Barely weeks before he turned 22, a young fisherman was shot at sea, allegedly by the Sri Lankan navy.
While he may be buried as a statistic in the India-Sri Lanka turf war in the Indian Ocean, his devastated family may never come to terms with their loss, reports Rediff.com's A Ganesh Nadar.
A few days ago, on April 14, Tamil Nadu celebrated the New Year.
April 14 also happened to be Britto's birthday.
His mother, her face wet with the tears she cannot hold back, says, "Instead of celebrating his birthday, fate has forced us to grieve."
Just a few weeks earlier, on March 6, Britto was doing what he normally did to earn a living.
Along with six other people, he was on a mechanised boat, steered by his uncle, who was also the boat's owner.
It was around 9.30 pm. They were fishing off the Katchatheevu islet, which lies between India and Sri Lanka, when bullets whistled past them. One stuck Britto in the neck. He began bleeding profusely.
Instead of returning to shore immediately, the fishermen called their leader Seshu. He, in turn, tried calling the Coast Guard.
By this time, 45 precious minutes had been wasted.
When they realised that the Coast Guard was not coming, the boat made its way back.
By the time they reached ashore, Britto had bled to death.
"He would have survived if the Coast Guard had responded. They have a first aid kit and their boat would have reached the shore in 10 minutes," says Britto's elder brother Lespho, who works on a fishing boat in Kerala.
"The post-mortem report said he died of a gunshot wound," he adds. "They asked us if we suspected anybody in particular."
The question stunned Lespho. "Are they saying a fisherman carried a gun to sea to kill my brother in front of other fishermen?" he asks angrily. "I told them we don't have any enemies. I told them it was the (Sri) Lankan navy and nobody else."
Britto, who hailed from the Thangachimadam village in central Rameswaram, Tamil Nadu, had completed his Class 10 before joining the family profession.
Since the family does own a boat, Britto would work for those who owned one.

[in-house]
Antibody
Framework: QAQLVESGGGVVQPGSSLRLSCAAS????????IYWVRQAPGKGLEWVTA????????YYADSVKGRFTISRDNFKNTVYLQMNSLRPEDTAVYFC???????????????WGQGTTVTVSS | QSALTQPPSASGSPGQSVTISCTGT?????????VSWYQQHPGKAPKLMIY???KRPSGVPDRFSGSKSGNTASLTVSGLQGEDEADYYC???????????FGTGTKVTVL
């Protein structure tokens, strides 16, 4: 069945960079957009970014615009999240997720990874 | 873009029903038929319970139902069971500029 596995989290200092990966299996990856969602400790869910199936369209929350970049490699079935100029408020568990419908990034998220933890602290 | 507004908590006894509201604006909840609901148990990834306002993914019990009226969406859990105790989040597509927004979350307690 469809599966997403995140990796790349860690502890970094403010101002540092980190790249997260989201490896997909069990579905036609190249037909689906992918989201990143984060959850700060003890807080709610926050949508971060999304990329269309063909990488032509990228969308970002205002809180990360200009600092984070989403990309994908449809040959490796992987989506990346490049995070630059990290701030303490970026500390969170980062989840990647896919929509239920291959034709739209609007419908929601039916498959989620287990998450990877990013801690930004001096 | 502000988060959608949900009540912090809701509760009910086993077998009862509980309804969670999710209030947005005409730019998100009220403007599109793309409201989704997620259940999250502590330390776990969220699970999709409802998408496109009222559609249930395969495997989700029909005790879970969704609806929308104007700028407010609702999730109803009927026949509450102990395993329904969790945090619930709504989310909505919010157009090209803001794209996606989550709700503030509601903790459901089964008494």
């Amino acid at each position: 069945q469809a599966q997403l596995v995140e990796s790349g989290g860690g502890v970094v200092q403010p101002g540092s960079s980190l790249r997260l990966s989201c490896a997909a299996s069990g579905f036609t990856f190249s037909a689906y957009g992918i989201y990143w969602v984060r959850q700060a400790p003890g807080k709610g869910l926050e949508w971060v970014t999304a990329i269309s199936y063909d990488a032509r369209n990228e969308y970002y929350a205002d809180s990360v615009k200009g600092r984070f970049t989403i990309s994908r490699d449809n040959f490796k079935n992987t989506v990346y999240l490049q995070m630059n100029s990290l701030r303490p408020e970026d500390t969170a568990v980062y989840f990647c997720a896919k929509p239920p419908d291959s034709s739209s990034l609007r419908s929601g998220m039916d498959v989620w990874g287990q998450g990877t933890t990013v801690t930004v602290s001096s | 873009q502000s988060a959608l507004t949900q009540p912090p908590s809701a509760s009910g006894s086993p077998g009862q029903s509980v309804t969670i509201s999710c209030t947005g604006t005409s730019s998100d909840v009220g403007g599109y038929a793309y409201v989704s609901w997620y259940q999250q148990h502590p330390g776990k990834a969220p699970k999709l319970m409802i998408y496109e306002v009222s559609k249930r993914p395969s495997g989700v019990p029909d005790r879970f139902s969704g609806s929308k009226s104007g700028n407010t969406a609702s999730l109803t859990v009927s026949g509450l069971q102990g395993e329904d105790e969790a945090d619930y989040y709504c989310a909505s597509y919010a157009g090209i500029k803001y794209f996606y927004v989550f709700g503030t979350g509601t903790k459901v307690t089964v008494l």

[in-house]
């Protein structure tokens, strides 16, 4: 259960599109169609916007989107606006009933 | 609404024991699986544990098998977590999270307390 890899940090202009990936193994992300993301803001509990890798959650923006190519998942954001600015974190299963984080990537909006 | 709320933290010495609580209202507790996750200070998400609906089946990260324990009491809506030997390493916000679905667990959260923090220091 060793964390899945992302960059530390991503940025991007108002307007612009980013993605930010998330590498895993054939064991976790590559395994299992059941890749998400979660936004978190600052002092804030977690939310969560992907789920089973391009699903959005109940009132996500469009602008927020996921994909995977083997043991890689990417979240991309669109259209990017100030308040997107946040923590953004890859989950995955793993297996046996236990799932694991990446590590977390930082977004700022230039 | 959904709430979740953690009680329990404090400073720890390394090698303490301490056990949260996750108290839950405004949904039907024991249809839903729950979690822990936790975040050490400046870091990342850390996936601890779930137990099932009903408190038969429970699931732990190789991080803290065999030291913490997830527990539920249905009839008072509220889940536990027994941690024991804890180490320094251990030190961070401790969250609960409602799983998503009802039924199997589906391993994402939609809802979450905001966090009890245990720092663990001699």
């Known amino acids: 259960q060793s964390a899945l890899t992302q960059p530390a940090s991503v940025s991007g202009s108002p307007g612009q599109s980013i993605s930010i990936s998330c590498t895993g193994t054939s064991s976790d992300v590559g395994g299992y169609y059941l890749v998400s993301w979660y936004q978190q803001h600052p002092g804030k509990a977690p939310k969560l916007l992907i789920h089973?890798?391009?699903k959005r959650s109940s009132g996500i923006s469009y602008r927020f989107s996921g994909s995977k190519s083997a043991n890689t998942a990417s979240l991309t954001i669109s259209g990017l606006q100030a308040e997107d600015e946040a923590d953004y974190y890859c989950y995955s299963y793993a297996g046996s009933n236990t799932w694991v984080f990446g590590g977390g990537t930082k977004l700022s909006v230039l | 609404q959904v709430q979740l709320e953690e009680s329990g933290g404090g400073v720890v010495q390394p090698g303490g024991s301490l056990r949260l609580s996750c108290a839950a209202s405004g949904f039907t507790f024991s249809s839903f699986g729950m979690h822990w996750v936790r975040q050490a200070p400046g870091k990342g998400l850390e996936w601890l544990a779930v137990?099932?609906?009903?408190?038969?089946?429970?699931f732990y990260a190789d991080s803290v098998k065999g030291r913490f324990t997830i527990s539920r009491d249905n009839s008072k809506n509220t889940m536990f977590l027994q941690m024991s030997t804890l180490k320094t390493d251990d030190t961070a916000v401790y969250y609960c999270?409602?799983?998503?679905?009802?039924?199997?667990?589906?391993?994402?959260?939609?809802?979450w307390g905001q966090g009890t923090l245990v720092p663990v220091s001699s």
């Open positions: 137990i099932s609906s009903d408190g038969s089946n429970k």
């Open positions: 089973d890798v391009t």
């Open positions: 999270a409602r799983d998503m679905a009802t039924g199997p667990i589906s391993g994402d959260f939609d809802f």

He would go fishing on alternate days, twice or thrice a week, depending on the boat owner's discretion.
Depending on the catch, he would earn anywhere between Rs 800 to Rs 1,500 per trip.
Lespho and Britto supported their mother and three siblings.
Their father -- a heart patient who does not work regularly -- no longer lives with the family.
"A priest wanted to help the family and gave my father Rs 1.5 lakhs in cash. He is now using that money to drink every day," Lespho claims, adding, "Since he cannot do it here, he has left home and is staying with our grandmother in the next village."
One of Britto's brothers has epilepsy and cannot go out to sea.
Another is studying engineering and is in his second year. "Britto used to tell me, 'You look after our brother's education and I will look after the family," says Lespho.
"He also wanted to educate our only sister; he was very fond of her as she is the youngest in the house."
The state government, as is the norm when a fisherman dies at sea, gave the family Rs 5 lakhs as compensation. They also received Rs 1 lakh from DMK leader M K Stalin. A Ramaswamy, a local businessman, contributed another lakh.
The family has deposited the money in the bank and plans to use it for the daughter's education and marriage.
The Sri Lankan navy denied the incident.
"At sea here, only two kinds of people carry guns -- the Lankan navy and the Indian Coast Guard. How can they (the Sri Lankan navy) deny the shooting?" asks Lespho.
"The Sri Lankan navy has killed 600 fishermen since the ethnic war started in 1983," says Swami Pranavananda who runs an orphanage in the village, "and they have denied it every time."